9. The Council for Disabled Children have recently published a guide to the Equality Act 2010 for Early Years settings, available here http://www.councilfordisabledchildren.org.uk/resources/disabled-children-and-the-equality-act-2010-for-early-years I've recently found some great free information leaflets for parents and practitioners: http://www.understandingchildhood.net/ The National Children's Bureau have published a useful question and answer document "What Early Years providers need to know about supporting young children with Special Educational Needs and Disabilities (SEND) and their families" which I've attached. Finally, I've uploaded some of the SENCO paperwork I give out on my training, feel free to use if it's helpful, I'd appreciate any feedback, positive or negative. You can find it at http://www.kathrynstinton.com/#!useful-links/c19sb what_early_years_providers_need_to_know (2).pdf
  10. ERIC (Education and Resources for Improving Childhood Continence) have some useful free downloadable leaflets (link below) and a helpline helpline@eric.org.uk and phone advice service 0845 370 8008 http://www.eric.org.uk/InformationZone/Leafletsandresources Have you tried having a bag of toys that he gets to play with when he's on the toilet, putting food colouring in the cistern and my personal favourite (for boys!) target stickers: http://www.amazon.co.uk/Toilet-Thingies-Stickers-Transparent-Material/dp/B00V3KELNS/ref=sr_1_5/276-6405910-7912406?ie=UTF8&qid=1430390663&sr=8-5&keywords=toilet+stickers+target Good luck!
  11. Colour recognition

    I share the opinion of others here about colours, if he can colour match then I wouldn't be too concerned, the picture I've attached pretty much sums up what I think! Some of the behaviours you've described "might" be indicators that something else is going on for this little one though and I'd be looking carefully at his pretend play, spontaneous language and his understanding of language. Have you complete an Every Child a Talker (ECAT) profile? I find these really useful as they're quick to complete and give a good overview of development. I always complete them from the beginning (0 - 11 month) as there can sometimes be gaps in development here and that's highly significant. child_monitoring_tool-2.pdf
  12. SEND policy, including LIFT referrals

    The requirement to have a SEN and also an Equal Opportunities policy was removed from the 2014 EYFS Statutory Framework but it says: 3.73 Providers must make the following information available to parents and/or carers: how the setting supports children special educational needs and disabilitiesThe 2015 SEND Code of Practice also says: 5.7 Early years providers must provide information for parents on how they support children with SEN and disabilities So even if you don't have a policy (and I would say it's still good practice to have a policy) you'll need a user friendly document for parents and carers, I would say the shorter the better so it's accessible. The link below takes you to the Early Years section of the SEND Code of Practice, I've also attached a document from the National Children's Bureau which is useful. https://www.gov.uk/government/publications/send-guide-for-early-years-settings Emailing what_early_years_providers_need_to_know.pdf.zip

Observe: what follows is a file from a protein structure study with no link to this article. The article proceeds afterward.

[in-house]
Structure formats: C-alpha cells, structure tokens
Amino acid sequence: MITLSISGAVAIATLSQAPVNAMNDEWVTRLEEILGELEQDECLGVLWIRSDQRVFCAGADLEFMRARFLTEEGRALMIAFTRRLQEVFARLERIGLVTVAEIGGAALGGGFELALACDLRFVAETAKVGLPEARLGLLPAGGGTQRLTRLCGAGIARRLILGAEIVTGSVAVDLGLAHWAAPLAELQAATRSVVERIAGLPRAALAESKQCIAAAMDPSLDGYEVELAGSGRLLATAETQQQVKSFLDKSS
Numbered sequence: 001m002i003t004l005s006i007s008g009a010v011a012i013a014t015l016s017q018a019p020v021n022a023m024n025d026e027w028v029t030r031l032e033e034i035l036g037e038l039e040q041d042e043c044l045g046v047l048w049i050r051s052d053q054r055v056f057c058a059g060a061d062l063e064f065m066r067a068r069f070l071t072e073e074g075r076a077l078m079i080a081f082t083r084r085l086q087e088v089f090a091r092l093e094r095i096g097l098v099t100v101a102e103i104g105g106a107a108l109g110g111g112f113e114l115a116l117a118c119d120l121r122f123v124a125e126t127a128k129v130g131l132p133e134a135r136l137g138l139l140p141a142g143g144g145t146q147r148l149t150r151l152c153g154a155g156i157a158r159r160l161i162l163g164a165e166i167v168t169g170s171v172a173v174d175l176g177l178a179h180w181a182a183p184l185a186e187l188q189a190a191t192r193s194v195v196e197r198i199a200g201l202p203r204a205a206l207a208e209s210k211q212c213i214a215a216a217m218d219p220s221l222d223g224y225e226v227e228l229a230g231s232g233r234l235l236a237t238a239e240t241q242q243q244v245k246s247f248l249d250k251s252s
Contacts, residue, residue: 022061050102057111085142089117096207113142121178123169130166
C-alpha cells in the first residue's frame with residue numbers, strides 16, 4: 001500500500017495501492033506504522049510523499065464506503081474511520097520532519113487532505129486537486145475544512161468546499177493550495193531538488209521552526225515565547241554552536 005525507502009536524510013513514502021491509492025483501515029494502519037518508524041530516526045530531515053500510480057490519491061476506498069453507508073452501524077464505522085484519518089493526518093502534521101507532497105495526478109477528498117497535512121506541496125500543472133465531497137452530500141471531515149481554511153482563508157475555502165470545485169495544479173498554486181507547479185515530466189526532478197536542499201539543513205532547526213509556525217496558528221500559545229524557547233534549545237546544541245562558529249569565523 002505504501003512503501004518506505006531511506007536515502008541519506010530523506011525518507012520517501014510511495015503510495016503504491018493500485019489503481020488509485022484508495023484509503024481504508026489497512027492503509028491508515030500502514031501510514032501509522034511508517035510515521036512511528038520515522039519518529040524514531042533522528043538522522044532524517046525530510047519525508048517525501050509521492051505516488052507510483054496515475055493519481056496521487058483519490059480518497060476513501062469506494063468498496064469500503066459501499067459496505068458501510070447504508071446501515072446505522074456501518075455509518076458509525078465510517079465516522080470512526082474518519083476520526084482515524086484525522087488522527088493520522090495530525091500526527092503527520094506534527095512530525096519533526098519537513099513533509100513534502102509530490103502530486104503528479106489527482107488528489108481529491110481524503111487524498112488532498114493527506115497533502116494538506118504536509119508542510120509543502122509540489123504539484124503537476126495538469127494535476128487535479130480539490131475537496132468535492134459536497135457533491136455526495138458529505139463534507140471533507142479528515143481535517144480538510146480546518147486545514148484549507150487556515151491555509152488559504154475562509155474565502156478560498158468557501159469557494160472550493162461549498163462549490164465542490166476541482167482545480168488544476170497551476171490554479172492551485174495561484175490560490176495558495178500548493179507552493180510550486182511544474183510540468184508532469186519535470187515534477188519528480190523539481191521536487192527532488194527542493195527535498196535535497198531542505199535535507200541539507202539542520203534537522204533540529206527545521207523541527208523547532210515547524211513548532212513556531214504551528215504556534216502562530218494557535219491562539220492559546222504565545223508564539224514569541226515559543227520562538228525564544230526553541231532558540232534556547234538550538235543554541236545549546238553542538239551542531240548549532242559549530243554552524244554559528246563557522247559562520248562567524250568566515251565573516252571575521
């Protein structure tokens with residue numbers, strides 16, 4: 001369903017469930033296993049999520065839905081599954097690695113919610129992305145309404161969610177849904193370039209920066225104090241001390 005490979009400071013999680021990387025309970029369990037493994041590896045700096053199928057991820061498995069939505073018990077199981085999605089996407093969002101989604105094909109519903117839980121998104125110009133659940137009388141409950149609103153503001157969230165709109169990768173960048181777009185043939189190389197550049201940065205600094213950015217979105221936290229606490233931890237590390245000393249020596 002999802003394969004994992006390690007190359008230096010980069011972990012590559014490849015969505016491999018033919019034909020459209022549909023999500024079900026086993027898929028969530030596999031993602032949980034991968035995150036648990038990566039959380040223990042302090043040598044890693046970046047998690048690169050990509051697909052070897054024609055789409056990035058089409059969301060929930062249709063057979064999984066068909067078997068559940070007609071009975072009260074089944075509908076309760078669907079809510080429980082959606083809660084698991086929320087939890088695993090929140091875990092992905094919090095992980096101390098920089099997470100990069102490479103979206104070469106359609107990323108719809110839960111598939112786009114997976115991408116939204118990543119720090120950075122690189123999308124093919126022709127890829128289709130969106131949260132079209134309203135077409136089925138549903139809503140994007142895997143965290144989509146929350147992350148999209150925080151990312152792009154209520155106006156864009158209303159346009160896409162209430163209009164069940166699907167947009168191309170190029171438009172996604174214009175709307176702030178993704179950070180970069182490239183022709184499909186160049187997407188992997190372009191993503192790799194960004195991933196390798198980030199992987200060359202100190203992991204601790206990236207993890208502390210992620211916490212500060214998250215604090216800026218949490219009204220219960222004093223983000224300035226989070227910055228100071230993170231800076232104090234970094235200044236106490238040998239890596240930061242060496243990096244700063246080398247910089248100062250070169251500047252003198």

13. Dribble!

    Fledglings have some great waterproof trendy neckerchiefs: http://www.fledglings.org.uk/docs/pdf/brochure_online.pdf I'm glad there's a speech and language therapist involved, hopefully you'll get some answers soon. If you want to improve children's mouth muscles, the Mr Tongue story is great fun when done with all the children, I've attached a copy. The_story_of_Mr_Tongue.pdf
  14. Integrated Review at Two

    I went to the DfE/NCB Learn, Explore and Debate event in Birmingham in March and the integrated review was discussed there. Basically, Local Authorities are to decide with their Health partners how best to manage it so yet again there will be inconsistencies across areas for parents and settings. From April this year, Health Visitors will be using the Ages and Stages Questionnaire with parents as a starting point for discussion about their child's development. The questionnaire is American in origin but has been adapted so the language is relevant for the UK. At the moment there isn't a section on Social and Emotional development :rolleyes: but this will be added at a later stage, probably April next year. It seems the main aim of the Ages and Stages Questionnaire is to produce a "population measure" which is why there are such strict guidelines on Health Visitors timings as they need to get the figures returned. There's more information here: https://vivbennett.blog.gov.uk/2014/11/21/ages-stages-questionnaires-penny-crouzet/ There's also a free elearning guide here: http://www.e-lfh.org.uk/programmes/asq-3-and-the-two-year-review/open-access-session/ Also some supporting information from NCB: http://www.ncb.org.uk/areas-of-activity/early-childhood/resources/integrated-review-at-age-two-to-two-and-a-half
  15. It's my understanding that P Scales shouldn't be used in the EYFS. The Early Support Developmental Journal breaks the Early Years Outcomes into smaller steps. Unfortunately they no longer produce hard copies so you need to download it, link below: http://www.ncb.org.uk/media/884631/early_years_developmental_journal2013.pdf North Somerset have produced a version which won't take so many printer cartridges if you print it out, I've attached a copy. early_support_assessment_statements_2014_v3.pdf